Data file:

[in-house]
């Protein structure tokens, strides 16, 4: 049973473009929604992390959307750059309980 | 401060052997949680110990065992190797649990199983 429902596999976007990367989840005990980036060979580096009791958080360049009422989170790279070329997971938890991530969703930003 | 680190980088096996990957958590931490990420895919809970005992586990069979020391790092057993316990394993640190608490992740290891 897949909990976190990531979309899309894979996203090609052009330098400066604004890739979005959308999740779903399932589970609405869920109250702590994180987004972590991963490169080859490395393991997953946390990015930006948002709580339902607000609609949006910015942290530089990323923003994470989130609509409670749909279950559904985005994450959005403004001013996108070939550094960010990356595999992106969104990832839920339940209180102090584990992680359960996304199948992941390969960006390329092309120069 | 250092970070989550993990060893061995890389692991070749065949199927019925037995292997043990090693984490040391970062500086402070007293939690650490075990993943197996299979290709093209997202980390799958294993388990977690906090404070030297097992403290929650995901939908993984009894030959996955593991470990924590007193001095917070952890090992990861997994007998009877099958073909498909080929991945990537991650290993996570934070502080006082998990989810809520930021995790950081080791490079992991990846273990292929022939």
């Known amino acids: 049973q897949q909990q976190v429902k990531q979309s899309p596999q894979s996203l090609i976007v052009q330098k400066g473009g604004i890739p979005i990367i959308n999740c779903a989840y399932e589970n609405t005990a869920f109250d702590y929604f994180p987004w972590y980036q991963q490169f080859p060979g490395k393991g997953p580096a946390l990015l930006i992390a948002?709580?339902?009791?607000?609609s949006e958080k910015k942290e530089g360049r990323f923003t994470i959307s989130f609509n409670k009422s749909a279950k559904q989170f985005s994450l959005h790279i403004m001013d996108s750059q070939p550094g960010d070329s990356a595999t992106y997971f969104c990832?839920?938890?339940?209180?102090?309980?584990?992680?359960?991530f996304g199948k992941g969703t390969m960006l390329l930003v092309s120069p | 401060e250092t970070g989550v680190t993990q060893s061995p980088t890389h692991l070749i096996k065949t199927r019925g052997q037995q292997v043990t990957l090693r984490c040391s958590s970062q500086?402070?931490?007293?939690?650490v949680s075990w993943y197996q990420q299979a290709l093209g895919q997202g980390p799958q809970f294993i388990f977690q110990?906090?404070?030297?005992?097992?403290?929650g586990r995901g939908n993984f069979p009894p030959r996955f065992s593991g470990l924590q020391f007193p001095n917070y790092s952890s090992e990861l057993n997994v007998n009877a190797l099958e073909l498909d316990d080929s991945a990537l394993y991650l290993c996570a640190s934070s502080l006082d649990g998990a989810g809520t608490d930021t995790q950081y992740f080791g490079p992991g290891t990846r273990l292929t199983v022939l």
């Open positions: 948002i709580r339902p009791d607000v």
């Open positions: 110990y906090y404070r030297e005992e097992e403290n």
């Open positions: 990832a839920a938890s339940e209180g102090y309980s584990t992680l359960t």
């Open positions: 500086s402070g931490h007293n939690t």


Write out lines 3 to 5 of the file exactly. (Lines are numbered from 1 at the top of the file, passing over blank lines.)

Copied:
């Known amino acids: 049973q897949q909990q976190v429902k990531q979309s899309p596999q894979s996203l090609i976007v052009q330098k400066g473009g604004i890739p979005i990367i959308n999740c779903a989840y399932e589970n609405t005990a869920f109250d702590y929604f994180p987004w972590y980036q991963q490169f080859p060979g490395k393991g997953p580096a946390l990015l930006i992390a948002?709580?339902?009791?607000?609609s949006e958080k910015k942290e530089g360049r990323f923003t994470i959307s989130f609509n409670k009422s749909a279950k559904q989170f985005s994450l959005h790279i403004m001013d996108s750059q070939p550094g960010d070329s990356a595999t992106y997971f969104c990832?839920?938890?339940?209180?102090?309980?584990?992680?359960?991530f996304g199948k992941g969703t390969m960006l390329l930003v092309s120069p | 401060e250092t970070g989550v680190t993990q060893s061995p980088t890389h692991l070749i096996k065949t199927r019925g052997q037995q292997v043990t990957l090693r984490c040391s958590s970062q500086?402070?931490?007293?939690?650490v949680s075990w993943y197996q990420q299979a290709l093209g895919q997202g980390p799958q809970f294993i388990f977690q110990?906090?404070?030297?005992?097992?403290?929650g586990r995901g939908n993984f069979p009894p030959r996955f065992s593991g470990l924590q020391f007193p001095n917070y790092s952890s090992e990861l057993n997994v007998n009877a190797l099958e073909l498909d316990d080929s991945a990537l394993y991650l290993c996570a640190s934070s502080l006082d649990g998990a989810g809520t608490d930021t995790q950081y992740f080791g490079p992991g290891t990846r273990l292929t199983v022939l």
């Open positions: 948002i709580r339902p009791d607000v």
């Open positions: 110990y906090y404070r030297e005992e097992e403290n």